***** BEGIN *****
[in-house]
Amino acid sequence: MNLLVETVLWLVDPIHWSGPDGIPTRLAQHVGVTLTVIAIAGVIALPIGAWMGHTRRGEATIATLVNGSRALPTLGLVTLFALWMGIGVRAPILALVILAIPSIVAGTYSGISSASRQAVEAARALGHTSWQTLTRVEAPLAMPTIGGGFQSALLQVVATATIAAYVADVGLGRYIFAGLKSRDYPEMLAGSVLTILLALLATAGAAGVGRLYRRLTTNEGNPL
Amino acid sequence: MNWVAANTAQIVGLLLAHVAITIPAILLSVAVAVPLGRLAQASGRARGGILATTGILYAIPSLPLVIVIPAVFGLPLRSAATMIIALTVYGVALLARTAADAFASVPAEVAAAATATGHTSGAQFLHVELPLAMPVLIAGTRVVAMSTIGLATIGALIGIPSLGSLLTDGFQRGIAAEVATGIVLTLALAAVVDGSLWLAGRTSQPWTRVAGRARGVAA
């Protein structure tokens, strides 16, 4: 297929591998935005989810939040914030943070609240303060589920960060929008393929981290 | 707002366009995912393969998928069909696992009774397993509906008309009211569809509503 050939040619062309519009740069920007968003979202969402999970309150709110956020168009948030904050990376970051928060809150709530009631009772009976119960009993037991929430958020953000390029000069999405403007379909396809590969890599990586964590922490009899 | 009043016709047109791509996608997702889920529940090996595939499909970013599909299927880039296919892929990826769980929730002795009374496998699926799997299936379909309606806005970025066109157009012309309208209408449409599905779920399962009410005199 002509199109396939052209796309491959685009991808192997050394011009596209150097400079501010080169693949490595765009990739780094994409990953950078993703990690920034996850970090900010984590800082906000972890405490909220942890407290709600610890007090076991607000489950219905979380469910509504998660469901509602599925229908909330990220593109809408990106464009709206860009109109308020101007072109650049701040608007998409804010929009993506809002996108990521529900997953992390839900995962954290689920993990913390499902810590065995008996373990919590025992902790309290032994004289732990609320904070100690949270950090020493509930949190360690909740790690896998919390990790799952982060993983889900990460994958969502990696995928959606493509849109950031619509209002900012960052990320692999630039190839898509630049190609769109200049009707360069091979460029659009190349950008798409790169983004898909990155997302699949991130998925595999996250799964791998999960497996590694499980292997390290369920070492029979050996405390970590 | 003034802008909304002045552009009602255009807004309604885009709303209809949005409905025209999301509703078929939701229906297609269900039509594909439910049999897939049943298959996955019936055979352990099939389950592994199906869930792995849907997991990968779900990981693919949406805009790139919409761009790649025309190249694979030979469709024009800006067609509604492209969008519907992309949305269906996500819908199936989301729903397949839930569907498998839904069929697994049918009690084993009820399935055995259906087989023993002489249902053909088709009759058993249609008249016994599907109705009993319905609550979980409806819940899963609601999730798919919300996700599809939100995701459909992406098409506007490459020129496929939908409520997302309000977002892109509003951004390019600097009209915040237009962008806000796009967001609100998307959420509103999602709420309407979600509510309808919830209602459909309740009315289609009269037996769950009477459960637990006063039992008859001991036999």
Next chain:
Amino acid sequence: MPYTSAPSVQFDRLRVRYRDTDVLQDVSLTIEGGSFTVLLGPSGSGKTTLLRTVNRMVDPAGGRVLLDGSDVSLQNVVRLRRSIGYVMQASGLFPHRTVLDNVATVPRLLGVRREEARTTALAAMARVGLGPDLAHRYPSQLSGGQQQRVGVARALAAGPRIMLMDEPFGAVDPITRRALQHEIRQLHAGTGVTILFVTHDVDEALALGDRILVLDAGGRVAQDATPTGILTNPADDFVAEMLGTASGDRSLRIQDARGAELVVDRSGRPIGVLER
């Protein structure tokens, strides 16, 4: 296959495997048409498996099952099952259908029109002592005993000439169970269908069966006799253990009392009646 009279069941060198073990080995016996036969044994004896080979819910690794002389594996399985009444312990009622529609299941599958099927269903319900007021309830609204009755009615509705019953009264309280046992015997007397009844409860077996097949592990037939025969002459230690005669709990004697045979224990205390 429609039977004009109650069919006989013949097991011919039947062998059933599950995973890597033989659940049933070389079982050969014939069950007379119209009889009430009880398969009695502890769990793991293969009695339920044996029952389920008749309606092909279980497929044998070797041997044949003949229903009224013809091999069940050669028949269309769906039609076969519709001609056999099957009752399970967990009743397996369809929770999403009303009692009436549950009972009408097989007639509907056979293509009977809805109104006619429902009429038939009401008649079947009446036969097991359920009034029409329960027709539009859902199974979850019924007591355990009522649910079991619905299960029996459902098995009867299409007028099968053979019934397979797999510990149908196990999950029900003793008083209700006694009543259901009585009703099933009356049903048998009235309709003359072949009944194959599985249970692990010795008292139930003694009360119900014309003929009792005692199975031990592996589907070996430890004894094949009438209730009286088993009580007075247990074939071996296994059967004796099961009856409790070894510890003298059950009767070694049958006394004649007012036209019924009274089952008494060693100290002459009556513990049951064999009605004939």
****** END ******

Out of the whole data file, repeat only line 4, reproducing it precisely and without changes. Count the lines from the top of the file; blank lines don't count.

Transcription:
């Protein structure tokens, strides 16, 4: 297929591998935005989810939040914030943070609240303060589920960060929008393929981290 | 707002366009995912393969998928069909696992009774397993509906008309009211569809509503 050939040619062309519009740069920007968003979202969402999970309150709110956020168009948030904050990376970051928060809150709530009631009772009976119960009993037991929430958020953000390029000069999405403007379909396809590969890599990586964590922490009899 | 009043016709047109791509996608997702889920529940090996595939499909970013599909299927880039296919892929990826769980929730002795009374496998699926799997299936379909309606806005970025066109157009012309309208209408449409599905779920399962009410005199 002509199109396939052209796309491959685009991808192997050394011009596209150097400079501010080169693949490595765009990739780094994409990953950078993703990690920034996850970090900010984590800082906000972890405490909220942890407290709600610890007090076991607000489950219905979380469910509504998660469901509602599925229908909330990220593109809408990106464009709206860009109109308020101007072109650049701040608007998409804010929009993506809002996108990521529900997953992390839900995962954290689920993990913390499902810590065995008996373990919590025992902790309290032994004289732990609320904070100690949270950090020493509930949190360690909740790690896998919390990790799952982060993983889900990460994958969502990696995928959606493509849109950031619509209002900012960052990320692999630039190839898509630049190609769109200049009707360069091979460029659009190349950008798409790169983004898909990155997302699949991130998925595999996250799964791998999960497996590694499980292997390290369920070492029979050996405390970590 | 003034802008909304002045552009009602255009807004309604885009709303209809949005409905025209999301509703078929939701229906297609269900039509594909439910049999897939049943298959996955019936055979352990099939389950592994199906869930792995849907997991990968779900990981693919949406805009790139919409761009790649025309190249694979030979469709024009800006067609509604492209969008519907992309949305269906996500819908199936989301729903397949839930569907498998839904069929697994049918009690084993009820399935055995259906087989023993002489249902053909088709009759058993249609008249016994599907109705009993319905609550979980409806819940899963609601999730798919919300996700599809939100995701459909992406098409506007490459020129496929939908409520997302309000977002892109509003951004390019600097009209915040237009962008806000796009967001609100998307959420509103999602709420309407979600509510309808919830209602459909309740009315289609009269037996769950009477459960637990006063039992008859001991036999």